The Ozark Trail
It stretches from airy mountaintops covered in swaying pines to impossibly green valleys overflowing with ferns and watered by cool spring creeks. Cerulean and Swainson’s warblers whistle through the riparian corridors and bottomland canebrakes.
Dry, hot glades, like those found on Peck Ranch Conservation Area, are home to collared lizards and coneflowers, while the soggy bottomland fens of Grasshopper Hollow Natural Area and Barton Fen Natural Area host rare plants and the endangered Hine’s emerald dragonfly.
The hike through Ketcherside Mountain CA to Mina Sauk Falls, the tallest waterfall in the state, is stunning. The trail leading from Johnson’s Shut-Ins to Bell Mountain is some of the most rugged hiking this state has to offer. Abandoned mining towns like Midco on Peck Ranch and the Scotia Iron Furnace on Huzzah CA offer an interesting historical perspective on the region.
Relax on a hot summer day by the cold trail-side streams on Rocky Creek CA. Smell the shortleaf pines wafting over igneous shut-ins at Mill Mountain NA. Watch the stars wheel overhead while a gentle breeze rustles hardwood forests and carries with it the yelps of coyotes on distant ridgelines. The Missouri Ozarks are enchanting, and the Ozark Trail could be one of the best ways to experience it.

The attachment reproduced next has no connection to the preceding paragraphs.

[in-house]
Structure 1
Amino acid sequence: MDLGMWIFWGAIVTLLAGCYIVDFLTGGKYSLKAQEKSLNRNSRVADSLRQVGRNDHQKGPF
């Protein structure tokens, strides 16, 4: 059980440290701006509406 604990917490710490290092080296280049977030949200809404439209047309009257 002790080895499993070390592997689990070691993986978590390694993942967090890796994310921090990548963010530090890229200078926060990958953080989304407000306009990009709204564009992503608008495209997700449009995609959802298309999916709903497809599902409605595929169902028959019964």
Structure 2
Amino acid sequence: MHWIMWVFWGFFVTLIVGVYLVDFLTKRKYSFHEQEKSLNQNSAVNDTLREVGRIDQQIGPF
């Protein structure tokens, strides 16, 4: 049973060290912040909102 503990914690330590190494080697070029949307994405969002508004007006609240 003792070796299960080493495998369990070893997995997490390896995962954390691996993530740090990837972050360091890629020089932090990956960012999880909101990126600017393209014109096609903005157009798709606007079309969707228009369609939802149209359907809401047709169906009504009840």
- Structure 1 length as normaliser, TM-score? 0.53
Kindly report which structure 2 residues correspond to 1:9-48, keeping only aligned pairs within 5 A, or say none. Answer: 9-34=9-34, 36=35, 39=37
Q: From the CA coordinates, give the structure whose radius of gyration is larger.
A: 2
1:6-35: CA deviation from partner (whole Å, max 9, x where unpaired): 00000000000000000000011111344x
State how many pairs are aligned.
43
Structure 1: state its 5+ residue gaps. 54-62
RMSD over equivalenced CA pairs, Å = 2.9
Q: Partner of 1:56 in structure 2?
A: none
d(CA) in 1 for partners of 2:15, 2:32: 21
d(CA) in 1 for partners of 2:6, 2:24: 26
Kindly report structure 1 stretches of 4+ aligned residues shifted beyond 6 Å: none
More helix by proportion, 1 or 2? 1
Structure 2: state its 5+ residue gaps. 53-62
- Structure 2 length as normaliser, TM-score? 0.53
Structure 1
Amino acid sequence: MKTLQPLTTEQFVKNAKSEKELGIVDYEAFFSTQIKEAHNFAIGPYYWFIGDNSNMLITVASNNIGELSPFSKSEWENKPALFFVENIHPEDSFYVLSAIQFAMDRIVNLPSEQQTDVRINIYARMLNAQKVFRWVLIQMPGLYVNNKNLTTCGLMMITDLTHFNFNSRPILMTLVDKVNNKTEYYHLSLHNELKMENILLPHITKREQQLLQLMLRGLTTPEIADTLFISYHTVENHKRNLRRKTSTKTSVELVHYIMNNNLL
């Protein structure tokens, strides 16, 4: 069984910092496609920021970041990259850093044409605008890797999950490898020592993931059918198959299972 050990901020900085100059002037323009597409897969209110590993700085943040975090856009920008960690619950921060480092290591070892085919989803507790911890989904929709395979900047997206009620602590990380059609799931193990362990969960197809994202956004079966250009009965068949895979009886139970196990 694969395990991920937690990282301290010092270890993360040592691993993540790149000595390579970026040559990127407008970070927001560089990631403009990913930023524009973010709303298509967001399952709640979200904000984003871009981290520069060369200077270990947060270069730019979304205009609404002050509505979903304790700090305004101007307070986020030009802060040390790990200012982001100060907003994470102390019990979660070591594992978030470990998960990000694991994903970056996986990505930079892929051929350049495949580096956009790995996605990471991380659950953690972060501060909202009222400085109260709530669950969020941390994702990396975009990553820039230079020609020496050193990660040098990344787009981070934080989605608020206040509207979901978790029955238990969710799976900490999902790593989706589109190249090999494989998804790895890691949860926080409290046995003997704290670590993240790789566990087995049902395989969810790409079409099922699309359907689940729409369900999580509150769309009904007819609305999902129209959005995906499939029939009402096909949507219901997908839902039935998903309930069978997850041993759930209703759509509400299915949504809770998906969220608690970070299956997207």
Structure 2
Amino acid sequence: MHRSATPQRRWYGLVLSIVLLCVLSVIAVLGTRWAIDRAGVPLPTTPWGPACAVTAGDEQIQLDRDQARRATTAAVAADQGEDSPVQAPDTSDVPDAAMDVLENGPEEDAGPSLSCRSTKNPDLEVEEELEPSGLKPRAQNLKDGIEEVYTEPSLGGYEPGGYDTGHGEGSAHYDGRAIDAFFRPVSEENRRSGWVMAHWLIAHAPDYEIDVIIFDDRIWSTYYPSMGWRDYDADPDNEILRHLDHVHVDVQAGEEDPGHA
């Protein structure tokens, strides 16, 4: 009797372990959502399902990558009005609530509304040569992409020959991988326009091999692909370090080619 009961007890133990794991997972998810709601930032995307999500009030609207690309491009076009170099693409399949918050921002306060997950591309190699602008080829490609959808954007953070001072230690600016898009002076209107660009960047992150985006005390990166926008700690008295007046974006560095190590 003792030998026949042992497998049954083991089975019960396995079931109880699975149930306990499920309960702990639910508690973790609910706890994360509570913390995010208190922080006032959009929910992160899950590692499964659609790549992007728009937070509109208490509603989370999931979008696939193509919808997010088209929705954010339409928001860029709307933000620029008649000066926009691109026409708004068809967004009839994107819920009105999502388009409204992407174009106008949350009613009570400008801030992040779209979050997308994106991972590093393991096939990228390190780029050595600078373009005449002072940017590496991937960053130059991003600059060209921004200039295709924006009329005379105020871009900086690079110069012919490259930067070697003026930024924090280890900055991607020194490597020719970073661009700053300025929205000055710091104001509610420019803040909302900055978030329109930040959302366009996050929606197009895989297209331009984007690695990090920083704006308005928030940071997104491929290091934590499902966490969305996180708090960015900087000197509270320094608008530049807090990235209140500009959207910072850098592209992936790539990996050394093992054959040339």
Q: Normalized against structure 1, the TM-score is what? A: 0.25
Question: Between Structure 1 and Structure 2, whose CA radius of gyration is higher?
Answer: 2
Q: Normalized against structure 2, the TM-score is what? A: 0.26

While the trail itself leads to many wonderful things to see, there are many smaller side trips that can lead to scenic places, such as Greer Spring, Rocky Falls and Council Bluff Lake. Nearly 40 miles of the Ozark Trail run through conservation areas alone, and the trail touches on many fascinating natural areas, including Blue Spring, Royal Gorge and Powder Mill Cave.
The things to see and hear and experience on the Ozark Trail could fill several books. I present just a few of my favorite places to visit along the main north-south trunk of the trail. Some disconnected sections of the trail are not shown on the map on Page 24. For more information, up-to-date trail construction and detailed topographical maps of the trail, please visit www.ozarktrail.com. For detailed information, area maps and area brochures of Department of Conservation lands along the trail, visit www.MissouriConservation.org/2930.